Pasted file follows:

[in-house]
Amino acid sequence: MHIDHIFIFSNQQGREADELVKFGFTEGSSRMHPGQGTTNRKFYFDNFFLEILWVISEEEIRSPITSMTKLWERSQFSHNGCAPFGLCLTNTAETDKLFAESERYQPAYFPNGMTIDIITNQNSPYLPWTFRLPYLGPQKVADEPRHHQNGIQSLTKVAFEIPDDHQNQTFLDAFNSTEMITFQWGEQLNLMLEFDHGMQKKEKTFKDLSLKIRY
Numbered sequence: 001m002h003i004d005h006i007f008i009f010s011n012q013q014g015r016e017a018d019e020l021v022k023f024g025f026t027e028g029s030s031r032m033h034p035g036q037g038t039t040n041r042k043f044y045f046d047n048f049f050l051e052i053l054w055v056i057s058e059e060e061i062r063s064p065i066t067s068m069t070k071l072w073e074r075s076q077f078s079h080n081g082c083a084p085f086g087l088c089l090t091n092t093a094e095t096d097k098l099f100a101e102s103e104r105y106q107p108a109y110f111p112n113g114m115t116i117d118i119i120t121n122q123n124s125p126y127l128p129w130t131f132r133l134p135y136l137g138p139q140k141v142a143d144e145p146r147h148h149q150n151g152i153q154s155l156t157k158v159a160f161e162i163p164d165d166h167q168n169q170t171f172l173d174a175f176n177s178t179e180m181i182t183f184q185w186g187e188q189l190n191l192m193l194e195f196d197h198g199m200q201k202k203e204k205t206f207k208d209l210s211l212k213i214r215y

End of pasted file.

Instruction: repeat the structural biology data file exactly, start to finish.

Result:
[in-house]
Amino acid sequence: MHIDHIFIFSNQQGREADELVKFGFTEGSSRMHPGQGTTNRKFYFDNFFLEILWVISEEEIRSPITSMTKLWERSQFSHNGCAPFGLCLTNTAETDKLFAESERYQPAYFPNGMTIDIITNQNSPYLPWTFRLPYLGPQKVADEPRHHQNGIQSLTKVAFEIPDDHQNQTFLDAFNSTEMITFQWGEQLNLMLEFDHGMQKKEKTFKDLSLKIRY
Numbered sequence: 001m002h003i004d005h006i007f008i009f010s011n012q013q014g015r016e017a018d019e020l021v022k023f024g025f026t027e028g029s030s031r032m033h034p035g036q037g038t039t040n041r042k043f044y045f046d047n048f049f050l051e052i053l054w055v056i057s058e059e060e061i062r063s064p065i066t067s068m069t070k071l072w073e074r075s076q077f078s079h080n081g082c083a084p085f086g087l088c089l090t091n092t093a094e095t096d097k098l099f100a101e102s103e104r105y106q107p108a109y110f111p112n113g114m115t116i117d118i119i120t121n122q123n124s125p126y127l128p129w130t131f132r133l134p135y136l137g138p139q140k141v142a143d144e145p146r147h148h149q150n151g152i153q154s155l156t157k158v159a160f161e162i163p164d165d166h167q168n169q170t171f172l173d174a175f176n177s178t179e180m181i182t183f184q185w186g187e188q189l190n191l192m193l194e195f196d197h198g199m200q201k202k203e204k205t206f207k208d209l210s211l212k213i214r215y